In this evocative exploration, Cheryl Walker shows that there is a distinct tradition of women's poetry in America—one that the poets themselves have not always been fully aware of—and that individual poems can be read as manifestations of that tradition. Philomela, the nightingale of literary mythology, serves as a model for women poets, representing simultaneously both their particular forms of power and the frustrating powerlessness imposed on them by the cultural norms for women. The author identifies a number of archetypal motifs: the power fantasy, the sanctuary poem, the renunciation poem, the forbidden lover poem, the "burden of beauty," and the "secret sorrow." Among the poets discussed are Anne Bradstreet, Phillis Wheatley, Lydia Sigourney, Frances Osgood, Julia Ward Howe, Margaret Fuller, Ella Wheeler Wilcox, and Louise Guiney.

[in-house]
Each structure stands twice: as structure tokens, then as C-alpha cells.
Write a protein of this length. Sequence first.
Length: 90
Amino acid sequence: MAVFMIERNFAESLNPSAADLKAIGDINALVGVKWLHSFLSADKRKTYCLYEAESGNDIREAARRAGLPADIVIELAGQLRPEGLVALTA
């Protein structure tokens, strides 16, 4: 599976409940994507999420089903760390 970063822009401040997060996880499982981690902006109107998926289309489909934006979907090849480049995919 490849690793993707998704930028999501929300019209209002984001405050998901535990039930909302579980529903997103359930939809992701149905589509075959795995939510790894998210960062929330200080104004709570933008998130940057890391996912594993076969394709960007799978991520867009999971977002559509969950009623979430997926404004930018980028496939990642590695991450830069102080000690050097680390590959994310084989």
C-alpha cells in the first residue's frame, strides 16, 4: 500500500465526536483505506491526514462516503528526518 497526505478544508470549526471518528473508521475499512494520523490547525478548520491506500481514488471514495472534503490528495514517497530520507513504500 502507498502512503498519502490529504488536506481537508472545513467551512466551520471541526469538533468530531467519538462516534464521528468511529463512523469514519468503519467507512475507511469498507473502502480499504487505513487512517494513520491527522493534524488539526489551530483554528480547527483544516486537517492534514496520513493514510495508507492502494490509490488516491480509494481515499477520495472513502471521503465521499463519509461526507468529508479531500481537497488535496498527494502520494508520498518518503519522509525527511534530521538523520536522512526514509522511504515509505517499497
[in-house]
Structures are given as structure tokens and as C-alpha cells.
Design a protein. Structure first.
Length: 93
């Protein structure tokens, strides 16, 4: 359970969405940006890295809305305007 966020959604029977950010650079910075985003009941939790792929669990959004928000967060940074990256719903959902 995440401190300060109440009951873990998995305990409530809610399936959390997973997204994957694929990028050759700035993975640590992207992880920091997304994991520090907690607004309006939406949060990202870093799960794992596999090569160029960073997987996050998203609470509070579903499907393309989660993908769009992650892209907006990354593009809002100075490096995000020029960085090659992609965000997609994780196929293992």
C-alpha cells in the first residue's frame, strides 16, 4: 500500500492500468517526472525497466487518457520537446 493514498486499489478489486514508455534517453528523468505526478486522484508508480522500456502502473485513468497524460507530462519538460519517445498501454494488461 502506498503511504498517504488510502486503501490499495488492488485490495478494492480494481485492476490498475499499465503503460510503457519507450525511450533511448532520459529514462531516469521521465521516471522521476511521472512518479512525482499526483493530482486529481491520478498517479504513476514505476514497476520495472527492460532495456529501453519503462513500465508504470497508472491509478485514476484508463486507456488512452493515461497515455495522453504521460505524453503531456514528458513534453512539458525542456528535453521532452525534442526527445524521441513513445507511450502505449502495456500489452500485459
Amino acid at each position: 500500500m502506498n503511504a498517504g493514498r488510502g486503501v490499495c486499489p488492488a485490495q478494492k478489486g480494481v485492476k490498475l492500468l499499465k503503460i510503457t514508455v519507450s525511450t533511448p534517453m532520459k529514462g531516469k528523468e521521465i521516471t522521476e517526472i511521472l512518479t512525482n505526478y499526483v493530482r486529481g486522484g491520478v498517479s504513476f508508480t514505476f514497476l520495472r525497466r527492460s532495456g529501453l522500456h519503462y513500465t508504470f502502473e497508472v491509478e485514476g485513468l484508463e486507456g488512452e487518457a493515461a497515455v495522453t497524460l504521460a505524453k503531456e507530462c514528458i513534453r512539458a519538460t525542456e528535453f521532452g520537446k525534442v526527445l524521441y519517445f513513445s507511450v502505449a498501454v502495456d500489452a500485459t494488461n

Gayle Greene, Carolyn Ruth Swift Lenz, and Carol Thomas Neely
Examines the plays of William Shakespeare from a feminist point of view and analyzes his portrayal of women.